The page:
attacker, who has already seen the published checklists and works
to devise attacks not covered by them.
Rule 8: Good and Evil Blend into Gray
All definitions of computer security contain an implicit conceit:
that there are "good guys" and "bad guys" out
there, or "white hats" and "black hats." Virtually
every popular book and movie on the topic indulges in this conceit,
from Clifford Stoll's _The Cuckoo's Egg_, where the wily Berkeley
hacker hunts down international spies, to _The Net_, in which Sandra
Bullock plays a system administrator stripped by identity thieves.
In some ways, the adversarial nature of computer security reduces
it to a kind of game. Unfortunately for the security practitioner,
this game of judgment is "played against unknown adversaries
plotting unknown harm at unknown times and places." As someone
concerned about the security of your systems, you might think of
yourself as playing a part in grand drama, defending against nameless
attackers who might be everywhere or nowhere at all.
I advise you not to fall into this conceit. You may be giving yourself
too much credit and assigning too little to your "opponents."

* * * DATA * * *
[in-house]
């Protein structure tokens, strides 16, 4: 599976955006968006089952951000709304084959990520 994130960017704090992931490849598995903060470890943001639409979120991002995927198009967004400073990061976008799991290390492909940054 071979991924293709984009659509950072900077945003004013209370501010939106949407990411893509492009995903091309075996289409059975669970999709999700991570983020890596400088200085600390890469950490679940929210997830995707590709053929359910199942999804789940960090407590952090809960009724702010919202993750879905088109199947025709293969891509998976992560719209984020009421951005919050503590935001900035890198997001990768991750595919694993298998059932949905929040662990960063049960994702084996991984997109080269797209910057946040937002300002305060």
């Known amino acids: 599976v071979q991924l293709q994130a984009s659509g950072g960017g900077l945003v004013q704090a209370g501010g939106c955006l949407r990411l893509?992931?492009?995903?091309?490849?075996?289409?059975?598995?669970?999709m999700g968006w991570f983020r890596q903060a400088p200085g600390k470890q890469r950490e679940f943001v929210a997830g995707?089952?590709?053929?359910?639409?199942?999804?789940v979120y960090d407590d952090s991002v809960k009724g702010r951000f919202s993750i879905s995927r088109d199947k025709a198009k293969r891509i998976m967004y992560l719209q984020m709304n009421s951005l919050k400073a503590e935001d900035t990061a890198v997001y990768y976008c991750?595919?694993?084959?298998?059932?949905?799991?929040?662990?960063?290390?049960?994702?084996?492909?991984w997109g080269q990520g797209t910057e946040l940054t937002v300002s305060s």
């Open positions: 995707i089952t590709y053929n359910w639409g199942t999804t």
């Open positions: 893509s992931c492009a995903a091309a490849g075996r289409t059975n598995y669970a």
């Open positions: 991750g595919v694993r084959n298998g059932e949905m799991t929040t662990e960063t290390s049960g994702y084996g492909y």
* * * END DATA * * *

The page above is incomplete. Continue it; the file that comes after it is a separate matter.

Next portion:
Don't overlook the fact that most security violations are perpetuated
by company insiders. Your perpetrators might look a lot more like
the non-descript nerds that sit together in the lunch room than
the techno-pop-addled ravers in the movies. Never forget that between
every white hat and black hat actor, there are hundreds that wear
The computer security profession includes a wide variety of practitioners,
including highly-credentialed academics, retired military personnel,
snake-oil salespeople from commercial vendors, and reformed crackers
who have now seen the light. There is no central certifying body
overseeing the development of the skills necessary for computer
security professionals, nor is there an accepted canon of ethics.
In this way, the profession resembles that of its opponents: the
extended, multi-national, multi- cultural cracking community, from
those who develop complex "exploits" to the "script
kiddies" who learn at a tender age that computer crime is as
easy as a double-click.
Rather than make a dichotomous break between those who protect
systems and those that compromise them, consider how intimately
intertwined the two are and the large numbers of people who fall
into the gray areas in between. Consider the case of the "tiger
team" computer security professionals who are hired
to test the security of systems by attacking them. In some cases,
these teams are composed of reformed system crackers whose former